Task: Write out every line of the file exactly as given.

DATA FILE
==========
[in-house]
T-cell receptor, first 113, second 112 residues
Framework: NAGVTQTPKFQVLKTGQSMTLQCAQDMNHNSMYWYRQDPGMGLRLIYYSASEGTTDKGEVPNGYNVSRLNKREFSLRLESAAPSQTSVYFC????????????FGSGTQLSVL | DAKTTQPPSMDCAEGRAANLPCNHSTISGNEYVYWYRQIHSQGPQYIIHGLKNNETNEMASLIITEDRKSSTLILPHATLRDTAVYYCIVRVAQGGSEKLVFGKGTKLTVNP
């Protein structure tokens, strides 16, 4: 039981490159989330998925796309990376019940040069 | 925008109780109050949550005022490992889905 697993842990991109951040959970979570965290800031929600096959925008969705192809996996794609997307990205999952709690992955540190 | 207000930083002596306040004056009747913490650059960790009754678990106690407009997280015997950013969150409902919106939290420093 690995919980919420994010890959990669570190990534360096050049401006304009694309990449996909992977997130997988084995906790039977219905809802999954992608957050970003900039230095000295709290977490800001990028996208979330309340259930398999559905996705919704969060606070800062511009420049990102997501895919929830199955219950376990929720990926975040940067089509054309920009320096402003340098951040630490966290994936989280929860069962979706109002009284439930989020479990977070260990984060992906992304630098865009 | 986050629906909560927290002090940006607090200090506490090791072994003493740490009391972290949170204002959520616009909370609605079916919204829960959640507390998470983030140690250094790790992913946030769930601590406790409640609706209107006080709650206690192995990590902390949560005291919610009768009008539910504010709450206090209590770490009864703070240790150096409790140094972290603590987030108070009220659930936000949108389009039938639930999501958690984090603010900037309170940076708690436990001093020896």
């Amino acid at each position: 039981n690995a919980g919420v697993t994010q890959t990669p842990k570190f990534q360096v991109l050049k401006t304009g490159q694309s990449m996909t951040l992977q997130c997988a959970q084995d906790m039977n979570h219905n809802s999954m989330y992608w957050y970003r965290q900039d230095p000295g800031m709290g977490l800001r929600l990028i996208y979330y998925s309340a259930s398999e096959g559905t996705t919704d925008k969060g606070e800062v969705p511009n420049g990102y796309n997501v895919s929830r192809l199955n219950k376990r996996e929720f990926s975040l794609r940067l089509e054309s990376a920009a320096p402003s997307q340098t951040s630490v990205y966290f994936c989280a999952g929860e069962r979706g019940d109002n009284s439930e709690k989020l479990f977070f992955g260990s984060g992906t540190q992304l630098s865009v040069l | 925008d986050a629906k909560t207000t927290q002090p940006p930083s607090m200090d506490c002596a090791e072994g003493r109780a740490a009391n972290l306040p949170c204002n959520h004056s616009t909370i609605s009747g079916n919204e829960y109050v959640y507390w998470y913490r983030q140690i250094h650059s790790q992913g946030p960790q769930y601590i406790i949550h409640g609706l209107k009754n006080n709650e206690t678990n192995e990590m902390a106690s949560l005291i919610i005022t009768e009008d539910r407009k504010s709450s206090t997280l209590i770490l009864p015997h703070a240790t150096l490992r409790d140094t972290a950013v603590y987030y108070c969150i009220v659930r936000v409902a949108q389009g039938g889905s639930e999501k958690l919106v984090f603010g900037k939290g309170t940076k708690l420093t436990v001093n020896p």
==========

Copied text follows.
[in-house]
T-cell receptor, first 113, second 112 residues
Framework: NAGVTQTPKFQVLKTGQSMTLQCAQDMNHNSMYWYRQDPGMGLRLIYYSASEGTTDKGEVPNGYNVSRLNKREFSLRLESAAPSQTSVYFC????????????FGSGTQLSVL | DAKTTQPPSMDCAEGRAANLPCNHSTISGNEYVYWYRQIHSQGPQYIIHGLKNNETNEMASLIITEDRKSSTLILPHATLRDTAVYYCIVRVAQGGSEKLVFGKGTKLTVNP
């Protein structure tokens, strides 16, 4: 039981490159989330998925796309990376019940040069 | 925008109780109050949550005022490992889905 697993842990991109951040959970979570965290800031929600096959925008969705192809996996794609997307990205999952709690992955540190 | 207000930083002596306040004056009747913490650059960790009754678990106690407009997280015997950013969150409902919106939290420093 690995919980919420994010890959990669570190990534360096050049401006304009694309990449996909992977997130997988084995906790039977219905809802999954992608957050970003900039230095000295709290977490800001990028996208979330309340259930398999559905996705919704969060606070800062511009420049990102997501895919929830199955219950376990929720990926975040940067089509054309920009320096402003340098951040630490966290994936989280929860069962979706109002009284439930989020479990977070260990984060992906992304630098865009 | 986050629906909560927290002090940006607090200090506490090791072994003493740490009391972290949170204002959520616009909370609605079916919204829960959640507390998470983030140690250094790790992913946030769930601590406790409640609706209107006080709650206690192995990590902390949560005291919610009768009008539910504010709450206090209590770490009864703070240790150096409790140094972290603590987030108070009220659930936000949108389009039938639930999501958690984090603010900037309170940076708690436990001093020896």
């Amino acid at each position: 039981n690995a919980g919420v697993t994010q890959t990669p842990k570190f990534q360096v991109l050049k401006t304009g490159q694309s990449m996909t951040l992977q997130c997988a959970q084995d906790m039977n979570h219905n809802s999954m989330y992608w957050y970003r965290q900039d230095p000295g800031m709290g977490l800001r929600l990028i996208y979330y998925s309340a259930s398999e096959g559905t996705t919704d925008k969060g606070e800062v969705p511009n420049g990102y796309n997501v895919s929830r192809l199955n219950k376990r996996e929720f990926s975040l794609r940067l089509e054309s990376a920009a320096p402003s997307q340098t951040s630490v990205y966290f994936c989280a999952g929860e069962r979706g019940d109002n009284s439930e709690k989020l479990f977070f992955g260990s984060g992906t540190q992304l630098s865009v040069l | 925008d986050a629906k909560t207000t927290q002090p940006p930083s607090m200090d506490c002596a090791e072994g003493r109780a740490a009391n972290l306040p949170c204002n959520h004056s616009t909370i609605s009747g079916n919204e829960y109050v959640y507390w998470y913490r983030q140690i250094h650059s790790q992913g946030p960790q769930y601590i406790i949550h409640g609706l209107k009754n006080n709650e206690t678990n192995e990590m902390a106690s949560l005291i919610i005022t009768e009008d539910r407009k504010s709450s206090t997280l209590i770490l009864p015997h703070a240790t150096l490992r409790d140094t972290a950013v603590y987030y108070c969150i009220v659930r936000v409902a949108q389009g039938g889905s639930e999501k958690l919106v984090f603010g900037k939290g309170t940076k708690l420093t436990v001093n020896p």